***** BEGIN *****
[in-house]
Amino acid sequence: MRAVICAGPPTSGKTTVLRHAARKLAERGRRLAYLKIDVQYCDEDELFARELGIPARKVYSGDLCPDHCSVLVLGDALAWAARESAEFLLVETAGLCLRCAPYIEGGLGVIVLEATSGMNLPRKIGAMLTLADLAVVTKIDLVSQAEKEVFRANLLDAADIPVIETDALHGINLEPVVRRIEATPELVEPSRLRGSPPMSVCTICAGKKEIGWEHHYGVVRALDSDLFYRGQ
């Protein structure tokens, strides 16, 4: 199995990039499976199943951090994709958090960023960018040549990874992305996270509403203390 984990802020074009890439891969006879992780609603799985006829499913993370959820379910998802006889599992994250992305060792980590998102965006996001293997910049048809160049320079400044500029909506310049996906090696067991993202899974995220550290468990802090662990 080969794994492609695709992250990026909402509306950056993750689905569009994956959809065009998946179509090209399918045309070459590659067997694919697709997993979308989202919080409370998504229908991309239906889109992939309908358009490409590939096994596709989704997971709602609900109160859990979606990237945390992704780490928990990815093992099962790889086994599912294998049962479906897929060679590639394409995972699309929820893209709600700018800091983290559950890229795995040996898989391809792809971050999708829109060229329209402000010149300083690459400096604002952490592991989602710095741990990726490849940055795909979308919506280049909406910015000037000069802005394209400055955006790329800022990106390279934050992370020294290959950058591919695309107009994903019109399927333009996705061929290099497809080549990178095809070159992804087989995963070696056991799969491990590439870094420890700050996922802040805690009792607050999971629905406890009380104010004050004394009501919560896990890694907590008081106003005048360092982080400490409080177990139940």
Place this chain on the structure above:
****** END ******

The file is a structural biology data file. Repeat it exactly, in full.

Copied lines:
[in-house]
Amino acid sequence: MRAVICAGPPTSGKTTVLRHAARKLAERGRRLAYLKIDVQYCDEDELFARELGIPARKVYSGDLCPDHCSVLVLGDALAWAARESAEFLLVETAGLCLRCAPYIEGGLGVIVLEATSGMNLPRKIGAMLTLADLAVVTKIDLVSQAEKEVFRANLLDAADIPVIETDALHGINLEPVVRRIEATPELVEPSRLRGSPPMSVCTICAGKKEIGWEHHYGVVRALDSDLFYRGQ
């Protein structure tokens, strides 16, 4: 199995990039499976199943951090994709958090960023960018040549990874992305996270509403203390 984990802020074009890439891969006879992780609603799985006829499913993370959820379910998802006889599992994250992305060792980590998102965006996001293997910049048809160049320079400044500029909506310049996906090696067991993202899974995220550290468990802090662990 080969794994492609695709992250990026909402509306950056993750689905569009994956959809065009998946179509090209399918045309070459590659067997694919697709997993979308989202919080409370998504229908991309239906889109992939309908358009490409590939096994596709989704997971709602609900109160859990979606990237945390992704780490928990990815093992099962790889086994599912294998049962479906897929060679590639394409995972699309929820893209709600700018800091983290559950890229795995040996898989391809792809971050999708829109060229329209402000010149300083690459400096604002952490592991989602710095741990990726490849940055795909979308919506280049909406910015000037000069802005394209400055955006790329800022990106390279934050992370020294290959950058591919695309107009994903019109399927333009996705061929290099497809080549990178095809070159992804087989995963070696056991799969491990590439870094420890700050996922802040805690009792607050999971629905406890009380104010004050004394009501919560896990890694907590008081106003005048360092982080400490409080177990139940």
Place this chain on the structure above: